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FDA Releases Personalized Medicine Report

by | Feb 19, 2015

Next-generation sequencing (NGS)-based tests, complex laboratory-developed tests (LDTs), and companion diagnostics are all challenging the conventional regulatory process at the U.S. Food and Drug Administration (FDA). In an October report, “Paving the Way for Personalized Medicine: FDA’s Role in a New Era of Medical Product Development,” the agency details how it is responding to and […]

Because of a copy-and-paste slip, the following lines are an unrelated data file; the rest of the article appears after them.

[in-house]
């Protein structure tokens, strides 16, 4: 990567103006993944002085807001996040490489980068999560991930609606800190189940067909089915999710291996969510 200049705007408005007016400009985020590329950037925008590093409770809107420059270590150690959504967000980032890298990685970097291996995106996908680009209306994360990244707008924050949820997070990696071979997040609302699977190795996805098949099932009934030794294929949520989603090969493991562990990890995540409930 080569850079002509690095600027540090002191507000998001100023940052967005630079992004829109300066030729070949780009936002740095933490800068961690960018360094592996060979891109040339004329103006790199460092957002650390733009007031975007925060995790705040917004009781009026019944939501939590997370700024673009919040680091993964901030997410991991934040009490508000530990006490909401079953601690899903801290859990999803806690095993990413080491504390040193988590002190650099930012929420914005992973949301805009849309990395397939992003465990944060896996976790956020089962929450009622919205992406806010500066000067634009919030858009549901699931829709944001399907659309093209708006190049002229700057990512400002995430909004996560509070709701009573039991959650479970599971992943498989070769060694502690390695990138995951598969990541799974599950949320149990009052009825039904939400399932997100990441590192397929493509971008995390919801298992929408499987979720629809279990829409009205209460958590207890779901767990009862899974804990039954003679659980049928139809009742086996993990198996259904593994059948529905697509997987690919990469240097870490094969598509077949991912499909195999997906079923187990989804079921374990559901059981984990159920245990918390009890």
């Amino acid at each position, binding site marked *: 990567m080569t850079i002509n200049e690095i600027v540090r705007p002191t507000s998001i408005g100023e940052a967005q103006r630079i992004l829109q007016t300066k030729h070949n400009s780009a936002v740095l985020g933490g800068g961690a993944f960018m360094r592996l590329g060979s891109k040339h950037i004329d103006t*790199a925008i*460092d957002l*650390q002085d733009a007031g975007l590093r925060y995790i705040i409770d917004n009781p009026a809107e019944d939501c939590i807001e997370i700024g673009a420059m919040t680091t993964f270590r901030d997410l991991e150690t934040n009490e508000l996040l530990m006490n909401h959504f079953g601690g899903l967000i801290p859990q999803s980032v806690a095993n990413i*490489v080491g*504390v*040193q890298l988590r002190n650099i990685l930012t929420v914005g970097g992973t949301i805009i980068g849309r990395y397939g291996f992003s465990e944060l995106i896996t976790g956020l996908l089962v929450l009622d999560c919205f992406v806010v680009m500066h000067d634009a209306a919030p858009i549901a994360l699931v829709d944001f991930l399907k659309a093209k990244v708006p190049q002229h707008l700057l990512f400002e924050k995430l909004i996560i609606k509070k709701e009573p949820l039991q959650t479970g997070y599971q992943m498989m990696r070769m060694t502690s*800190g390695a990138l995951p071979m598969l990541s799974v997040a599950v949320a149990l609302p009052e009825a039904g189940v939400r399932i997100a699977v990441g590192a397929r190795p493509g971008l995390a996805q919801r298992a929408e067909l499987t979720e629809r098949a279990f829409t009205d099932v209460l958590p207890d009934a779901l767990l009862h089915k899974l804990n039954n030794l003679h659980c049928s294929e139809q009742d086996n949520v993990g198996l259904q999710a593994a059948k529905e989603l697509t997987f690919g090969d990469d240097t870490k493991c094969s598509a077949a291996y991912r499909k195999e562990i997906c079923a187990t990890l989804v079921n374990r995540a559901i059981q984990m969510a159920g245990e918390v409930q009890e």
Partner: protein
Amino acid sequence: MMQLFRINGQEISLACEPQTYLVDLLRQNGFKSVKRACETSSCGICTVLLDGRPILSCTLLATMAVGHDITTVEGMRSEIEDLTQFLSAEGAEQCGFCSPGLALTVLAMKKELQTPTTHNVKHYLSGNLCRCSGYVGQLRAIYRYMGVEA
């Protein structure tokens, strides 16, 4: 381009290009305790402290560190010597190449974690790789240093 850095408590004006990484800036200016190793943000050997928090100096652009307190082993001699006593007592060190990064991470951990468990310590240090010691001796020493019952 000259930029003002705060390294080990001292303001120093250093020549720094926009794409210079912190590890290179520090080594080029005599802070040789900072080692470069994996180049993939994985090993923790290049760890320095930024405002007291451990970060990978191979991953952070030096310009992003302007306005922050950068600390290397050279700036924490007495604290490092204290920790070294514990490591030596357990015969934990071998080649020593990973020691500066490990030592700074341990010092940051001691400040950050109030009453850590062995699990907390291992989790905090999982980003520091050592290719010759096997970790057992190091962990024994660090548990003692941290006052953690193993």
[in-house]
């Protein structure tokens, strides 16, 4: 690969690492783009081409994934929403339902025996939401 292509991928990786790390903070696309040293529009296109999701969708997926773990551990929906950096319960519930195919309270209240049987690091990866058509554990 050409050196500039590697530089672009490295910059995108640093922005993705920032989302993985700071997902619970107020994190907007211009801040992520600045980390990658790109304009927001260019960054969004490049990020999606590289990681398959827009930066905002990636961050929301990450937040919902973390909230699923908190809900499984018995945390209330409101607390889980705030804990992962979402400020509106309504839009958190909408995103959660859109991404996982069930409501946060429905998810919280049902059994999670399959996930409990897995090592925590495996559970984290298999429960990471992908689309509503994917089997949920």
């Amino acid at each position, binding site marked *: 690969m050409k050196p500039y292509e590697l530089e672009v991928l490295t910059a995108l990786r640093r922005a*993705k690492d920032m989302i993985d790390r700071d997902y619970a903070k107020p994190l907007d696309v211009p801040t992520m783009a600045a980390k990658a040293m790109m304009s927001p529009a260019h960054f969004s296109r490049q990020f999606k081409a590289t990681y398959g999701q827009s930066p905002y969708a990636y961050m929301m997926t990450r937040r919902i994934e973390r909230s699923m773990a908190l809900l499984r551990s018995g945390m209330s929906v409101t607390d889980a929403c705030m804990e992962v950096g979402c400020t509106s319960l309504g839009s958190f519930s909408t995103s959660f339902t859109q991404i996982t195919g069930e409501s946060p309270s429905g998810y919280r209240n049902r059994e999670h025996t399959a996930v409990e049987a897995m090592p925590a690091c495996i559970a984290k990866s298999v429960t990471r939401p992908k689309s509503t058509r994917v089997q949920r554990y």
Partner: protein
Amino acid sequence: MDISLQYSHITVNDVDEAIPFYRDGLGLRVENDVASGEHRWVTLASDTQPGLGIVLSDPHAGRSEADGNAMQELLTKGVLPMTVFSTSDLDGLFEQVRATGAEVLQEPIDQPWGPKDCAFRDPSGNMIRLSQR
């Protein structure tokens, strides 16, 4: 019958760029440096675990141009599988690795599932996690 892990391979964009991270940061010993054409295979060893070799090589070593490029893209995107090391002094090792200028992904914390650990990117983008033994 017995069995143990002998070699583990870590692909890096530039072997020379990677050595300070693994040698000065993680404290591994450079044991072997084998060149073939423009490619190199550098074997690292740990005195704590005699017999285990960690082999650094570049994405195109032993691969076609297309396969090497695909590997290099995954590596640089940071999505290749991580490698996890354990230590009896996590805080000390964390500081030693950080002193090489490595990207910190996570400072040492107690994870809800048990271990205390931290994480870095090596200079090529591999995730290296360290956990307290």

Next-generation sequencing (NGS)-based tests, complex laboratory-developed tests (LDTs), and companion diagnostics are all challenging the conventional regulatory process at the U.S. Food and Drug Administration (FDA). In an October report, “Paving the Way for Personalized Medicine: FDA’s Role in a New Era of Medical Product Development,” the agency details how it is responding to and anticipating challenges related to review of personalized medicine (PM) products and the measures it plans to take to ensure the regulatory processes are properly suited to address these rapid innovations. The FDA says the era of PM is definitely here and cites internal evidence that of the new drugs approved since 2011, approximately one-third included some form of genetic or other biomarker data in the submission to characterize the drug’s efficacy, safety, or pharmacokinetics. Additionally, more than 100 approved drugs contain labeling information on genomic biomarkers. “The FDA has worked to bridge developments in genomics and other relevant sciences to clinical practice by advancing the tools necessary for evaluating targeted therapeutics and bringing them to market more efficiently, collaborating in key research, defining and streamlining regulatory pathways and policies, and applying new knowledge in product reviews,” the report says. Core to the FDA’s responsibilities is consideration of the benefits and risks during evaluation of medical products. The agency believes that PM should increase benefits and reduce risks for patients by improving both the safety and efficacy of therapeutics. It adds, though, that in this early stage of PM it has the additional responsibility to “provide clarity, predictability, and guidance to industry in order to help encourage development” and to identify “opportunities for streamlining regulatory processes and advancing the science and tools that will help drive innovation.” But in this time of transition, there are challenges in determining how to evaluate PM products, including appropriate evidentiary standards with an emphasis on examination of clinical trial design and statistical methods to analyze genomic data. Logistical and organizational considerations are also being reviewed to better coordinate the review of companion or combination products. “Reviews of co-developed products pose a number of challenges to the Agency, since they require expertise from and careful coordination between the Centers to ensure consistent reviews and contemporaneous approval of the two products. Challenges stem from the co-developed products falling within the purview of multiple FDA centers each operating under different laws, regulations, systems for tracking submissions, and timelines,” the report explains. What’s more, the explosion of emerging evidence documenting genetic associations, and the volume of emerging diagnostics and their increasing complexity, are posing challenges to the review process. This can be seen particularly in the area of NGS-based tests and complex LDTs, where the FDA has taken a number of steps toward developing new methods for evaluating these tests. “The Agency has since started to assess sequence-based tests using a strategy that focuses on validating the analytical performance of the sequencing platform—whether it measures what it is supposed to measure accurately and reliably and precisely,” the report says. “While it will be impossible for the Agency to assess the platform’s performance for every single variant, the Agency is looking at possibilities for identifying a representative set of markers that could be assessed in order to develop an understanding of the performance of the platform as a whole.” When it comes to LDTs the FDA has generally withheld enforcement, but with the “product interdependency” created by tailored treatments, the FDA has begun to reconsider its regulatory position on some LDTs, where the test results impact the ability of a specific therapeutic product to achieve its established safety and effectiveness, the agency says. “FDA has been developing a risk-based framework for regulatory oversight of LDTs that would assure that tests, regardless of the manufacturer, have the proper levels of control to provide a reasonable assurance of safety and effectiveness, while also fostering innovation and progress in PM,” says the report. Takeaway: Advanced diagnostic testing, central to the application of personalized medicine strategies, poses a challenge to the traditional regulatory review process. But the FDA is evaluating modifications to the review processes to meet the challenges posed by these innovations. 

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